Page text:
A Four Wheeler's Basic Guide To Winching And Winch Selection
Few accessories on a 4x4 provide as great a feeling of security as a winch. You can have a rig running the biggest engine, trickest suspension, and nastiest tires, but it's that winch on the front that you count on when those other components fail to keep your 4x4 moving.
Winches have been a mainstay of four-wheeling adventurers longer than many of us have been alive. During that time they have evolved to become a valued tool, often purchased once and then moved from rig to rig. Today there are numerous manufacturers of winches that are designed primarily for pickup and sport/utility use. Spread among those manufacturers are nearly three dozen winches, ranging in pulling capacity from 1,500 to 15,000 pounds and prices topping $1,800.
Four wheelers making that kind of investment must carefully consider all the factors when selecting a winch. To help make your choice a little easier, there's one important thought to keep in mind as you wade through the information that follows: Buying a winch is like buying a pair of boots-what looks and feels good to one person may not be right for another.
The perfect winch would be inexpensive, yet last forever. It would be very light and compact, yet able to move mountains with ease. It would always run cool and never strain the vehicle's electrical system. Unfortunately, no one has been able to design such a wonderful accessory. The closest today's manufacturers have come is at best a compromise; the newest models, a very good compromise.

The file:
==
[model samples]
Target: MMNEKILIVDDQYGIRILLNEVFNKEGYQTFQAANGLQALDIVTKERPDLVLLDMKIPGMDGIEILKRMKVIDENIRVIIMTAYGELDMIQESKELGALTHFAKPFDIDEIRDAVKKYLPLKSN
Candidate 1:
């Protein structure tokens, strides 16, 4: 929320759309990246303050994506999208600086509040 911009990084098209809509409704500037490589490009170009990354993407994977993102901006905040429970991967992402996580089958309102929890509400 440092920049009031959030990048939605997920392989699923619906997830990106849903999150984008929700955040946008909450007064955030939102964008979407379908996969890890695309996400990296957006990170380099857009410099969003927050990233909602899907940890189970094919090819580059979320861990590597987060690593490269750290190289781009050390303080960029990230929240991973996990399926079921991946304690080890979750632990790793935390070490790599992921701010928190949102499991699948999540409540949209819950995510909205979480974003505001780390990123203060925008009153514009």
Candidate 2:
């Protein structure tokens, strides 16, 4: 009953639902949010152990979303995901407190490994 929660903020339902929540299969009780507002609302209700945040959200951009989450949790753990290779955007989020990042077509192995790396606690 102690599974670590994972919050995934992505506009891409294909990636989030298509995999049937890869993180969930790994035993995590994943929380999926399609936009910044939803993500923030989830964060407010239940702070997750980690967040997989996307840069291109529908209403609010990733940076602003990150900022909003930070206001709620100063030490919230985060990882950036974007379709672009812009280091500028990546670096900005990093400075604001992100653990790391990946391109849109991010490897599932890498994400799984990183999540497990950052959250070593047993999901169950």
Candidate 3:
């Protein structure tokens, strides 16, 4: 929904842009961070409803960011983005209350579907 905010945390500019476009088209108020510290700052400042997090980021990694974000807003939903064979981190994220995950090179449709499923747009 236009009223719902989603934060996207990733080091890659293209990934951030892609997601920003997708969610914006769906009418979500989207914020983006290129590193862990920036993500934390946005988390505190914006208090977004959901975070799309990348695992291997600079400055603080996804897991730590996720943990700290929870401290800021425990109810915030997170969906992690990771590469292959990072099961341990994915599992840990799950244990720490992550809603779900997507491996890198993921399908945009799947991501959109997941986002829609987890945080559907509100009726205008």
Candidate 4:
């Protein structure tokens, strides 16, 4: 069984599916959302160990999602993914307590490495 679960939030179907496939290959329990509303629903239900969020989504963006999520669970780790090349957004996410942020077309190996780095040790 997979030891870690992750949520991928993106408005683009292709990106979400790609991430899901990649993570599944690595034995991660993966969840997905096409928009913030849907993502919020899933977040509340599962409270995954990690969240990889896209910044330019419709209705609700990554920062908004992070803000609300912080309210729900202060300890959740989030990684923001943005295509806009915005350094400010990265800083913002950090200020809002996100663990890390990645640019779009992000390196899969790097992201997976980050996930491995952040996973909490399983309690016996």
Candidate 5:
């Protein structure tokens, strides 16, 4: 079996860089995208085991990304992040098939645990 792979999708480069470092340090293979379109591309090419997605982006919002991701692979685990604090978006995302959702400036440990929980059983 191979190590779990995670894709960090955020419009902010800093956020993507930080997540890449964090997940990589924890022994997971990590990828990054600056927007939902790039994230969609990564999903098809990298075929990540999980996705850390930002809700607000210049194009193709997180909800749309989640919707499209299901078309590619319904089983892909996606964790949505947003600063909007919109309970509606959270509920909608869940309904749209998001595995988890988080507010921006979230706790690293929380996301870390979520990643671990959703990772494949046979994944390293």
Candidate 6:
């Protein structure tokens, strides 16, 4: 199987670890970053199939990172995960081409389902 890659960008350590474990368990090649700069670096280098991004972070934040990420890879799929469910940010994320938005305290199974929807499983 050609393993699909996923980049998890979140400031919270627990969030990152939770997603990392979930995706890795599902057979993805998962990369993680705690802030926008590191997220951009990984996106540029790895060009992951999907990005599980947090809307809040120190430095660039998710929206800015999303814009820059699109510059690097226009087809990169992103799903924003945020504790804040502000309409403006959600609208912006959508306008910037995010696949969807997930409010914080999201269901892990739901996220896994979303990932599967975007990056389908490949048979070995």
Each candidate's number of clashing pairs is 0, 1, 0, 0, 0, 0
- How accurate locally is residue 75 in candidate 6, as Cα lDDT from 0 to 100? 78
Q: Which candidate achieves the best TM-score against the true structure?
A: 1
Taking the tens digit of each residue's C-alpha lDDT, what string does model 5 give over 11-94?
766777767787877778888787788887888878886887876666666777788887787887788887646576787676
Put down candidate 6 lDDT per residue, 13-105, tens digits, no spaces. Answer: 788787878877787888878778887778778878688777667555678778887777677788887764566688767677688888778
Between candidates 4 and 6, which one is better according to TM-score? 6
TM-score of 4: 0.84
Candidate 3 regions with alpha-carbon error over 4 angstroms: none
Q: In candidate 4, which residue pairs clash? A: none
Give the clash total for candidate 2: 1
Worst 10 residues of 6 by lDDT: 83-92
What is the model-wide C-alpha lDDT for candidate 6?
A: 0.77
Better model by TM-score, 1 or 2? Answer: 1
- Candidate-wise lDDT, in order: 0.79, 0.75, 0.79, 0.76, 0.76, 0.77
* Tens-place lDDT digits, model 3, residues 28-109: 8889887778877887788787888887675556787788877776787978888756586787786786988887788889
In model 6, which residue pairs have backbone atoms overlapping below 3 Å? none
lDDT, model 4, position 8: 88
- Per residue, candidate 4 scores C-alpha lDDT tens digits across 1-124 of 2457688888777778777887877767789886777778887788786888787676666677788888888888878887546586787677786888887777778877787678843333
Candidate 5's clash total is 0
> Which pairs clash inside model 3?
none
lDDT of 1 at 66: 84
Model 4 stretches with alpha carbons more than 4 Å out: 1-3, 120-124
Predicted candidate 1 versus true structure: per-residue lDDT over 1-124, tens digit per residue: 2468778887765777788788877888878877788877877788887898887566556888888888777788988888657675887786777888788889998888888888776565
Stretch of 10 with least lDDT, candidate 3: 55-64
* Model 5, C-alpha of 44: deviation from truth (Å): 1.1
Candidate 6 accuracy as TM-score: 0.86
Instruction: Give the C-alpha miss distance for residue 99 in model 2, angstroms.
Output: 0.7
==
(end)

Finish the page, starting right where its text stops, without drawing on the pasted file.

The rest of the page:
So you have to use other criteria to choose the right winch for your particular application. The most important factor is to consider what the winch is going to be put on and in what type of situations winching comes into play. Start with the vehicle's "Gross Vehicle Weight" or GVW, which is noted on a metal tag riveted on the edge of the driver's door. Toss in the weight for any accessories you've added or modifications made and you have the "working GVW rating"-and the basis for deciding how much winch is sufficient.